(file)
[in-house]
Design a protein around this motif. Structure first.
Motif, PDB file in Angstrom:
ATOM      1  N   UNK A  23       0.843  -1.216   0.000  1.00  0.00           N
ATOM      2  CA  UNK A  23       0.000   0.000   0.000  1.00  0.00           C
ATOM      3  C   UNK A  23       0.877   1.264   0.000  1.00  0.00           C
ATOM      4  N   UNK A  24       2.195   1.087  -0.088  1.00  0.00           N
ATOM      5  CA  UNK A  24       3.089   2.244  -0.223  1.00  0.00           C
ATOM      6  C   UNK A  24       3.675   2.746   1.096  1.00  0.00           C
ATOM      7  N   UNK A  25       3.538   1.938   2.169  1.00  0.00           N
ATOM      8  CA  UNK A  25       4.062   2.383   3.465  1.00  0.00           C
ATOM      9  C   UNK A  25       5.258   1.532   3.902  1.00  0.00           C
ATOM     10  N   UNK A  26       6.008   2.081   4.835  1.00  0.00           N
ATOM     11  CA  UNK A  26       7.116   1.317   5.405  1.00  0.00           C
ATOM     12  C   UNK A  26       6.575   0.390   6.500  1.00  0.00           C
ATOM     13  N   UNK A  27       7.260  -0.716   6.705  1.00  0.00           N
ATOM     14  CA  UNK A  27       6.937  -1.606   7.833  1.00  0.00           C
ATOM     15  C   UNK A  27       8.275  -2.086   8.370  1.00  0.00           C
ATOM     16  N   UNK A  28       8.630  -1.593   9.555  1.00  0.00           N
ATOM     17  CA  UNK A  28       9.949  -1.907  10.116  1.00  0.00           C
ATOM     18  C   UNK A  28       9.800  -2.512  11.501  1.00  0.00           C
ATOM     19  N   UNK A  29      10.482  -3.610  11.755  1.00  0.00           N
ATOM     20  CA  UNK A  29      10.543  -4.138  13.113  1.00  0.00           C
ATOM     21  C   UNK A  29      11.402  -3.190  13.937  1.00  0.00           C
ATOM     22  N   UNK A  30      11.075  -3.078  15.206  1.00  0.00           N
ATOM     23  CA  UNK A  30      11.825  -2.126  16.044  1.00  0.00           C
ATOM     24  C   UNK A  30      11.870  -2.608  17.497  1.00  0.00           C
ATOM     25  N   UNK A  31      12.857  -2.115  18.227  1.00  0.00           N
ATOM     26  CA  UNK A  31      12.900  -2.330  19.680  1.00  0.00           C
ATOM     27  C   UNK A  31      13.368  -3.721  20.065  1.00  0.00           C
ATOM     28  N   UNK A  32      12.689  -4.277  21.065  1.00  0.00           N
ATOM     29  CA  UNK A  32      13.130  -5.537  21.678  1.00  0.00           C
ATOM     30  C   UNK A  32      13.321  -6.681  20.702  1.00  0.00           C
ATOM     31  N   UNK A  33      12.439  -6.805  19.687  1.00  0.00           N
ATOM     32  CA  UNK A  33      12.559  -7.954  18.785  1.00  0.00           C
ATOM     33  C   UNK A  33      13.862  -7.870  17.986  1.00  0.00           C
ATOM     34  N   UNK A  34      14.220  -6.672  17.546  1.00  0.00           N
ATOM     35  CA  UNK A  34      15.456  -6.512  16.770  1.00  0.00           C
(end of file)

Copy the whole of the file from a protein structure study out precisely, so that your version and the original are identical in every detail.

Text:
[in-house]
Design a protein around this motif. Structure first.
Motif, PDB file in Angstrom:
ATOM      1  N   UNK A  23       0.843  -1.216   0.000  1.00  0.00           N
ATOM      2  CA  UNK A  23       0.000   0.000   0.000  1.00  0.00           C
ATOM      3  C   UNK A  23       0.877   1.264   0.000  1.00  0.00           C
ATOM      4  N   UNK A  24       2.195   1.087  -0.088  1.00  0.00           N
ATOM      5  CA  UNK A  24       3.089   2.244  -0.223  1.00  0.00           C
ATOM      6  C   UNK A  24       3.675   2.746   1.096  1.00  0.00           C
ATOM      7  N   UNK A  25       3.538   1.938   2.169  1.00  0.00           N
ATOM      8  CA  UNK A  25       4.062   2.383   3.465  1.00  0.00           C
ATOM      9  C   UNK A  25       5.258   1.532   3.902  1.00  0.00           C
ATOM     10  N   UNK A  26       6.008   2.081   4.835  1.00  0.00           N
ATOM     11  CA  UNK A  26       7.116   1.317   5.405  1.00  0.00           C
ATOM     12  C   UNK A  26       6.575   0.390   6.500  1.00  0.00           C
ATOM     13  N   UNK A  27       7.260  -0.716   6.705  1.00  0.00           N
ATOM     14  CA  UNK A  27       6.937  -1.606   7.833  1.00  0.00           C
ATOM     15  C   UNK A  27       8.275  -2.086   8.370  1.00  0.00           C
ATOM     16  N   UNK A  28       8.630  -1.593   9.555  1.00  0.00           N
ATOM     17  CA  UNK A  28       9.949  -1.907  10.116  1.00  0.00           C
ATOM     18  C   UNK A  28       9.800  -2.512  11.501  1.00  0.00           C
ATOM     19  N   UNK A  29      10.482  -3.610  11.755  1.00  0.00           N
ATOM     20  CA  UNK A  29      10.543  -4.138  13.113  1.00  0.00           C
ATOM     21  C   UNK A  29      11.402  -3.190  13.937  1.00  0.00           C
ATOM     22  N   UNK A  30      11.075  -3.078  15.206  1.00  0.00           N
ATOM     23  CA  UNK A  30      11.825  -2.126  16.044  1.00  0.00           C
ATOM     24  C   UNK A  30      11.870  -2.608  17.497  1.00  0.00           C
ATOM     25  N   UNK A  31      12.857  -2.115  18.227  1.00  0.00           N
ATOM     26  CA  UNK A  31      12.900  -2.330  19.680  1.00  0.00           C
ATOM     27  C   UNK A  31      13.368  -3.721  20.065  1.00  0.00           C
ATOM     28  N   UNK A  32      12.689  -4.277  21.065  1.00  0.00           N
ATOM     29  CA  UNK A  32      13.130  -5.537  21.678  1.00  0.00           C
ATOM     30  C   UNK A  32      13.321  -6.681  20.702  1.00  0.00           C
ATOM     31  N   UNK A  33      12.439  -6.805  19.687  1.00  0.00           N
ATOM     32  CA  UNK A  33      12.559  -7.954  18.785  1.00  0.00           C
ATOM     33  C   UNK A  33      13.862  -7.870  17.986  1.00  0.00           C
ATOM     34  N   UNK A  34      14.220  -6.672  17.546  1.00  0.00           N
ATOM     35  CA  UNK A  34      15.456  -6.512  16.770  1.00  0.00           C